Flattened by IMF, Ukraine
In Geopolitical Crosshairs
by Rachel Douglas
Economic globalization and geopolitics have come together in Ukraine, with deadly results for the people of that nation and danger for the rest of the world. The political strife that gripped Ukraine during this year's Presidential election and has paralyzed Kiev since the inconclusive run-off vote of Nov. 21 (which is unresolved at this writing), is not the clash of "Western, Europe-oriented" Ukraine vs. "Eastern, Russia-oriented" Ukraine, as depicted in the mass media. It is rooted in the economic devastation, experienced at the hands of the International Monetary Fund (IMF) during the 13 years of Ukraine's independence, and it has been shaped from the outside using "regime-change" techniques, honed in Yugoslavia and Georgia during the past half-decade.
The U.S. side of this foreign meddling in Ukraine, involves both Republican neo-conservative circles, and the clique of Zbigniew Brzezinski and Madeleine Albright, operating as Democrats.
The trashing of Ukraine's economy was also imposed from the outside, by U.S. and European agencies and international financial organizations, which insisted on radical deregulation and privatization as the first criterion of "democratization." Entire squadrons of the "economic hit men," profiled in this issue of EIR, invaded Ukraine in the 1990s. Their foremost victim was Ukraine's greatest economic asset: the labor power of its highly educated, skilled, and cultured population.
When Ukraine declared independence from the Soviet Union in August 1991, it was a nation of 52 million people. Since then, the population has fallen to 48 million. Five to seven million of them work outside the country as low-paid guest workers in Russia and Western Europe, including tens of thousands of women and girls lured into human trafficking and prostitution networks. A country with the highest education level in the world at the end of the 1980s, Ukraine has experienced an influx of narcotics and now has Eurasia's highest rate of HIV infection.
What could be more cruel, and reckless, than to play such a nation as a geopolitical pawn?
A New Domino Theory
As controller of Jimmy Carter's foreign policy from his post as National Security Advisor, Zbigniew Brzezinski was infamous in the 1970s as author of the "Afghan mujaheddin" strategy to fan Islamic radicalism as a weapon against the "soft underbelly" of the Soviet Union. The resulting new movements are known to the world today as "international terrorism."
Brzezinski remains obsessed with cutting Russia down to size. His 1997 book, The Grand Chessboard, envisioned a Russia fractured into three new entities. Siberia, with all its resources, would no longer be under Moscow's control.
On his chessboard, Brzezinski allotted Ukraine a special role: "Ukraine, a new and important space on the Eurasian chessboard, is a geopolitical pivot because its very existence as an independent country helps to transform Russia. Without Ukraine, Russia ceases to be a Eurasian empire. Russia without Ukraine can still strive for imperial status, but it would then become a predominantly Asian imperial state, more likely to be drawn into debilitating conflicts with aroused Central Asians, who would then be resentful of the loss of their recent independence and would be supported by their fellow Islamic states to the south.... However, if Moscow regains control over Ukraine, with its 52 million people and major resources as well as its access to the Black Sea, Russia automatically again regains the wherewithal to become a powerful imperial state, spanning Europe and Asia."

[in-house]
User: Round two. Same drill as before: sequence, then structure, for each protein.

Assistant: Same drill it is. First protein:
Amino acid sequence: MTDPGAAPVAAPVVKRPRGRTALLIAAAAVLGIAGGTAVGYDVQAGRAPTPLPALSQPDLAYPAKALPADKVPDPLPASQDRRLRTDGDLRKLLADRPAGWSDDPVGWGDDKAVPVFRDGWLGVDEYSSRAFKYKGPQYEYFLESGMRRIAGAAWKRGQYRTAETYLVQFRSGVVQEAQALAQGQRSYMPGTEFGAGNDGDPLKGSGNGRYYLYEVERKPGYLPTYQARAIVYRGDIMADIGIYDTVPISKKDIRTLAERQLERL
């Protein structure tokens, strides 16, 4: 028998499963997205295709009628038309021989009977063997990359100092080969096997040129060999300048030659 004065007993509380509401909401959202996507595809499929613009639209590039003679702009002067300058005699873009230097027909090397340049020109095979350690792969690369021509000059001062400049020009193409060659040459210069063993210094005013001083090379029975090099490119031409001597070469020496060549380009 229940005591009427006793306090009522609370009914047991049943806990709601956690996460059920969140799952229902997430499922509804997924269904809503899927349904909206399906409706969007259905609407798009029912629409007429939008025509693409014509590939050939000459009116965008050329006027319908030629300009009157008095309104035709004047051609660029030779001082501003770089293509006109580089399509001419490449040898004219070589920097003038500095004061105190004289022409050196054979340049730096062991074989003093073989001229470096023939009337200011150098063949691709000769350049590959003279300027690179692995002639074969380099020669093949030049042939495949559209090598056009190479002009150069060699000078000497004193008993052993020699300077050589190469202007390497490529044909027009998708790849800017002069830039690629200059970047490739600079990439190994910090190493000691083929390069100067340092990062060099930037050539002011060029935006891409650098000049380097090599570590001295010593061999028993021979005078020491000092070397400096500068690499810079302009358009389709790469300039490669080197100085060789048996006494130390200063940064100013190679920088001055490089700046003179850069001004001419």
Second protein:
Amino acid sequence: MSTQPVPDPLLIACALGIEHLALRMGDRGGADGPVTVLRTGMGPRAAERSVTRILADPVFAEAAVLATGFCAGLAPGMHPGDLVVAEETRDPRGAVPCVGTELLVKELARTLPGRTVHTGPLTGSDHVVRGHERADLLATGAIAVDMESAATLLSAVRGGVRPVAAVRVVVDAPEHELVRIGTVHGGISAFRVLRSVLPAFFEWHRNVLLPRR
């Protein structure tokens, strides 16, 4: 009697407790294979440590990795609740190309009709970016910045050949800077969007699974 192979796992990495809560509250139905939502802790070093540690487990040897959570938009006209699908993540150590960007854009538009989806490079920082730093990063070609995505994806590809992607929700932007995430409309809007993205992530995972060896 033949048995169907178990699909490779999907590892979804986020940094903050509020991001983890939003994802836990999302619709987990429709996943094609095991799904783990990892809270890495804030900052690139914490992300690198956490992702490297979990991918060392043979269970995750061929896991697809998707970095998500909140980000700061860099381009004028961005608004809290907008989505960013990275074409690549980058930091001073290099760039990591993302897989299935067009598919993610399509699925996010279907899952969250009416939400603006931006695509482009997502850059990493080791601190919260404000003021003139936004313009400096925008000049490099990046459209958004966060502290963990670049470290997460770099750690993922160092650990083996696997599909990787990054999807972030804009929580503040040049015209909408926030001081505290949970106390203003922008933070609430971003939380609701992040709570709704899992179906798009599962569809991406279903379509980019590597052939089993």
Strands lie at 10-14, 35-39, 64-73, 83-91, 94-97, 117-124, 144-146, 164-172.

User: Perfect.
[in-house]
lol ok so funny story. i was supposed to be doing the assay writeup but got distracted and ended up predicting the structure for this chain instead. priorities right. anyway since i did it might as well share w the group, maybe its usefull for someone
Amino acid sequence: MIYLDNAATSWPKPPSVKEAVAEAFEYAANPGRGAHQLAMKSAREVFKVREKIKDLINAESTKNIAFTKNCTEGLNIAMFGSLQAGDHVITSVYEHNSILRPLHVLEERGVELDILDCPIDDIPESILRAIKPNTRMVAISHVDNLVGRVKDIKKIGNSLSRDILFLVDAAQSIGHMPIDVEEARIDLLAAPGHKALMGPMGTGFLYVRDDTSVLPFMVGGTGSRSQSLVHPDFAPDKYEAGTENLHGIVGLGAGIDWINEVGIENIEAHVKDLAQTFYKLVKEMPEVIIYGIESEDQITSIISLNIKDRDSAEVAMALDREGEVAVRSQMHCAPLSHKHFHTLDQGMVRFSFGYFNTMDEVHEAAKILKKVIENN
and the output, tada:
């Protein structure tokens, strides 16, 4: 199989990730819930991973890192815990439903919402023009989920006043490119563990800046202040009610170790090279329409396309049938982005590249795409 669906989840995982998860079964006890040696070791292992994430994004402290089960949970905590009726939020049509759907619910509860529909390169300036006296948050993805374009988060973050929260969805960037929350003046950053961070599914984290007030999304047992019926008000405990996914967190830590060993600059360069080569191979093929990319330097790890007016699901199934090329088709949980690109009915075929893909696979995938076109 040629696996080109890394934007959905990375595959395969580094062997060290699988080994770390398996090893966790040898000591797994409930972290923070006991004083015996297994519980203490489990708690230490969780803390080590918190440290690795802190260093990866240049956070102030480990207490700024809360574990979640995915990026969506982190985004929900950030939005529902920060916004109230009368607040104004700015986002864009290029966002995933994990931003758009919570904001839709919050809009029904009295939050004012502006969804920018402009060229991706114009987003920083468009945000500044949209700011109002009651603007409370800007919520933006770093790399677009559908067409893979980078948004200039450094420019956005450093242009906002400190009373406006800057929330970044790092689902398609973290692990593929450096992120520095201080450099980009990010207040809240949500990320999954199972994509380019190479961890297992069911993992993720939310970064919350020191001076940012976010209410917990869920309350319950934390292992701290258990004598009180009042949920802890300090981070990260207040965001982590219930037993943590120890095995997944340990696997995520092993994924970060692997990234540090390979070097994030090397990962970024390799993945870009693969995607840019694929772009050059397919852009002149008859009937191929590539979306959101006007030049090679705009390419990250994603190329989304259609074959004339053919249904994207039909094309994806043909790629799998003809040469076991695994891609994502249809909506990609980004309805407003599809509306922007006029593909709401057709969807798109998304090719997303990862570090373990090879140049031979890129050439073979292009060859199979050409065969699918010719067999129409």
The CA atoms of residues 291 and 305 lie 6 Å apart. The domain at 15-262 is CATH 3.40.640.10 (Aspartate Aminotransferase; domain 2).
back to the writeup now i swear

Before engaging in such breezy chatter about what should happen to Ukraine, Lyndon LaRouche suggests that Polish aristocrat Brzezinski would do well to go back and read in Nikolai Gogol's Taras Bulba, the brutal account of what the Ukrainian Cossacks did to the Polish szlachta nobility, who mistreated them in the 17th Century.
Throughout 2004, the reckless Brzezinski has been hyperactive on behalf of a "Project Democracy" revolution in Ukraine, as the necessary next step in converting Russia from an empire into a medium-sized nation, no longer one of the world's great powers.
In a May 2004 speech, titled "Ukraine and the World," Brzezinski told a Kiev University audience that Ukraine should be the linchpin of a third round of NATO's eastward expansion. On Nov. 24, he intervened at an American Enterprise Institute seminar in Washington, D.C., which was hastily organized in the wake of the inconclusive Ukrainian Presidential election, to proclaim, "We are at a historic moment," because "if democracy succeeds in Ukraine, then Russia must move toward the West." At the American Enterprise Institute, and in a Dec. 1 Wall Street Journal article, Brzezinski attempted long-distance micromanagement of the Ukraine crisis: He offered lifetime financial security for outgoing President Leonid Kuchma, as an inducement for Kuchma to abandon his preferred candidate, Prime Minister Victor Yanukovych, and to recognize opposition leader Victor Yushchenko as the new President.
It is no secret, that Brzezinski's words have oodles of American government money behind them. Enormous funding for regime change in Ukraine has been channelled into non-governmental organizations (NGOs) there, through Project Democracy's flagship National Endowment for Democracy and its party-linked offshoots, the National Democratic Institute and the International Republican Institute; this was augmented by the private-sector spending of George Soros's Open Society Institute and the Cold War relic, Freedom House. The London Guardian's Ian Traynor, in a Nov. 26 article, gave an estimate of $14 million for U.S. spending on the Ukraine project.
European publications, including the Guardian and the French Reseau Voltaire, have exposed how this Project Democracy funding aimed to apply in Ukraine, lessons learned during the overthrow of Slobodan Milosevic in Yugoslavia and Eduard Shevardnadze in Georgia. Personnel from the Belgrade Center for Non-Violent Resistance, Western pollsters, and media consultants were all involved in packaging the Ukrainian opposition campaign—down to the level of what slogans to use and the flashy orange color of Yushchenko's banners. Activists from the Yugoslav youth movement "Otpor" helped to train a new formation called "Pora" ("It's time!") in Ukraine, as they had helped to create the "Khmara" movement to bring Michael Saakashvili to power in Georgia.
Savaged by the IMF